“When the defendant in a court case, a state-owned enterprise, fails to provide the evidence requested by the court, and yet still wins the case, there has clearly been a fundamental breakdown in the process,” Mr Mason said.
“The decision appears to be in violation of a number of the articles in the recently released draft of the Foreign Investment Law.”
Mr Mason, a former head of Cochlear in China, said the company will appeal the decision and is being assisted by the Australian Embassy in Beijing.
While China’s courts are notoriously biased against those who threaten the Communist Party, there had been some movement towards making commercial disputes more independent.
The complication for Orcoda is that China Mobile, while listed in Hong Kong, is controlled by the party and therefore any judge would be brave to rule against it.
Orcoda, a software company with a market value of just $18 million, is not the first Australian company to have difficulty getting paid in China.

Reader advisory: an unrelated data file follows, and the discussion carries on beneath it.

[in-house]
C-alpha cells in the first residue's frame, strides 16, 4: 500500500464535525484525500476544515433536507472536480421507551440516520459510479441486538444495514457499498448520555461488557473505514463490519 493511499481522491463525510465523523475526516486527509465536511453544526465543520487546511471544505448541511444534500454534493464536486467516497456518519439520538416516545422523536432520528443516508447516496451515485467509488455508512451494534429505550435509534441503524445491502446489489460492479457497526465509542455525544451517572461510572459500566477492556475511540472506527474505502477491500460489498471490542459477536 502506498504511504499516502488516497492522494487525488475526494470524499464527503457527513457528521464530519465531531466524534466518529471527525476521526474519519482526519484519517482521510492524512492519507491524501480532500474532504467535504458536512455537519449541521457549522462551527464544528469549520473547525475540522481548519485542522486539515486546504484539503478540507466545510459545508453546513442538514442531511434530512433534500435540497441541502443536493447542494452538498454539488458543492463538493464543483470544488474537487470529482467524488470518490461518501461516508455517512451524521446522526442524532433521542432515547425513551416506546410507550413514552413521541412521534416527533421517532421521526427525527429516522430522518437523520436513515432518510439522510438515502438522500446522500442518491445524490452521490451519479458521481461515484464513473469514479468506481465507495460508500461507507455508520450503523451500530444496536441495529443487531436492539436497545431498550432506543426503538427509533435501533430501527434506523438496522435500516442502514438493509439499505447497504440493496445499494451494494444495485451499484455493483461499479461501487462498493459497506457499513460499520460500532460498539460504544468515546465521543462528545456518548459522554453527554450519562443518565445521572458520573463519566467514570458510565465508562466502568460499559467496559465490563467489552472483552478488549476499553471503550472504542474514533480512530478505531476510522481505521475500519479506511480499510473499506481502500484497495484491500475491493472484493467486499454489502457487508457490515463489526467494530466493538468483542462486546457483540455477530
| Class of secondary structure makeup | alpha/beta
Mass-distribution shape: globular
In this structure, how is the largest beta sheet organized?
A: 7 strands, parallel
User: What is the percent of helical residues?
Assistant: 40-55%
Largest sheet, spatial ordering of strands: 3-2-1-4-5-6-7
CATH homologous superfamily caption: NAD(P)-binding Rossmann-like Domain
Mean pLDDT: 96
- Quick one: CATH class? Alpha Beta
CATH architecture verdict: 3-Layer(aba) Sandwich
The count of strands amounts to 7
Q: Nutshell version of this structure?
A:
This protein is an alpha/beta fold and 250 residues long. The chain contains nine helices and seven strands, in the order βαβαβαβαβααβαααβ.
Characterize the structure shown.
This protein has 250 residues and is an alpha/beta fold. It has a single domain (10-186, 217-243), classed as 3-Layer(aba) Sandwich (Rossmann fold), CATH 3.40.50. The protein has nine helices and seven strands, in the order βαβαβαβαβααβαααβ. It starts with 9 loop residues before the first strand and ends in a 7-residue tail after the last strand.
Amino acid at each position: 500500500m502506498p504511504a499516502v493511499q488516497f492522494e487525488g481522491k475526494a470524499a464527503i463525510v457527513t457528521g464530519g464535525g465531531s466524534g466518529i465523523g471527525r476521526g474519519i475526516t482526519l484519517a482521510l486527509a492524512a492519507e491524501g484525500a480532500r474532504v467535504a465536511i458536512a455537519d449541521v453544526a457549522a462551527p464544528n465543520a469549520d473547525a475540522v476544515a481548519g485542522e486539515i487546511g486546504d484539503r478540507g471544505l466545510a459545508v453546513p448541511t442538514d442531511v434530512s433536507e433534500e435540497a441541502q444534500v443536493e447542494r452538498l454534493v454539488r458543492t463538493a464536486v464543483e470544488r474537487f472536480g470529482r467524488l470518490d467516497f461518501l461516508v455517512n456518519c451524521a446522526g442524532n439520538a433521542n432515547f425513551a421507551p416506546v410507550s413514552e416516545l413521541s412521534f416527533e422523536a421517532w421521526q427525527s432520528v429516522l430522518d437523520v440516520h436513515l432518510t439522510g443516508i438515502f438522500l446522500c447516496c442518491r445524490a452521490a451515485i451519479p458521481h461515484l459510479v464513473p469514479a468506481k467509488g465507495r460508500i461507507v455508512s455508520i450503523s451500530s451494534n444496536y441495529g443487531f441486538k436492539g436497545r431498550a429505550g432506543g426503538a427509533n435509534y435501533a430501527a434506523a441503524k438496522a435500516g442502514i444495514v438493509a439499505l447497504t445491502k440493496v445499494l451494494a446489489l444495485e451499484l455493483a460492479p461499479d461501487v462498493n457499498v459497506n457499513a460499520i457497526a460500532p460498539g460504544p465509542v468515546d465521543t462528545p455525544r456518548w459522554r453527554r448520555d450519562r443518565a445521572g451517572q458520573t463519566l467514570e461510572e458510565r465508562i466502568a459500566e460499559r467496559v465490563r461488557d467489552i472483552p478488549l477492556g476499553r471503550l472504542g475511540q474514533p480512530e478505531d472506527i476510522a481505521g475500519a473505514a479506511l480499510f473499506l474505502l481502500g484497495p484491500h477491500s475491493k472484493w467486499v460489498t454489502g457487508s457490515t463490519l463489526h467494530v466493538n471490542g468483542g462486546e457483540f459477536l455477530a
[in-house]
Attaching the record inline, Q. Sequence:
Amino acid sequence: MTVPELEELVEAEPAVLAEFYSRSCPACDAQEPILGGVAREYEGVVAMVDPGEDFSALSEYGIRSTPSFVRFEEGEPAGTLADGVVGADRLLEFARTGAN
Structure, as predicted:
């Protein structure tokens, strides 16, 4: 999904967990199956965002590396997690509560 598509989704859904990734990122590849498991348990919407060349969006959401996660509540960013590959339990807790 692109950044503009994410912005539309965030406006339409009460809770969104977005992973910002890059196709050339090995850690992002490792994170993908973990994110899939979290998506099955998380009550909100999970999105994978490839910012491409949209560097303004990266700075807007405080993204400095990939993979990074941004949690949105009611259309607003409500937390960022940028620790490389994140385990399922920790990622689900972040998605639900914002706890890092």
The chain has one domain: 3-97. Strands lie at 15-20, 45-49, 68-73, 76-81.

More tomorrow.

The ASX-listed gas producer Sino Gas & Energy had long periods of not getting paid by its state-owned customers and then last year accepted a $530 million takeover bid, partly due to the risks of doing business in China.
In response to growing criticism around the difficulty for foreign companies operating in China, Beijing released new draft laws late last year.
Under the proposed legislation the government pledged to provide equal treatment for foreign investors while providing greater intellectual property protections.
The laws pledged to “set up and improve the mechanism facilitating foreign investment” and to create an “open, fair and transparent” business environment for foreign companies.
The changes are part of Beijing’s efforts to avert further US tariffs on Chinese goods, as US President Donald Trump threatens to step up his trade war.
He has accused Beijing of stealing intellectual property from US companies and forcing them to hand over the technology in order to access the mainland market.
“We have been ripped off by China for a long time,” Mr Trump has often said.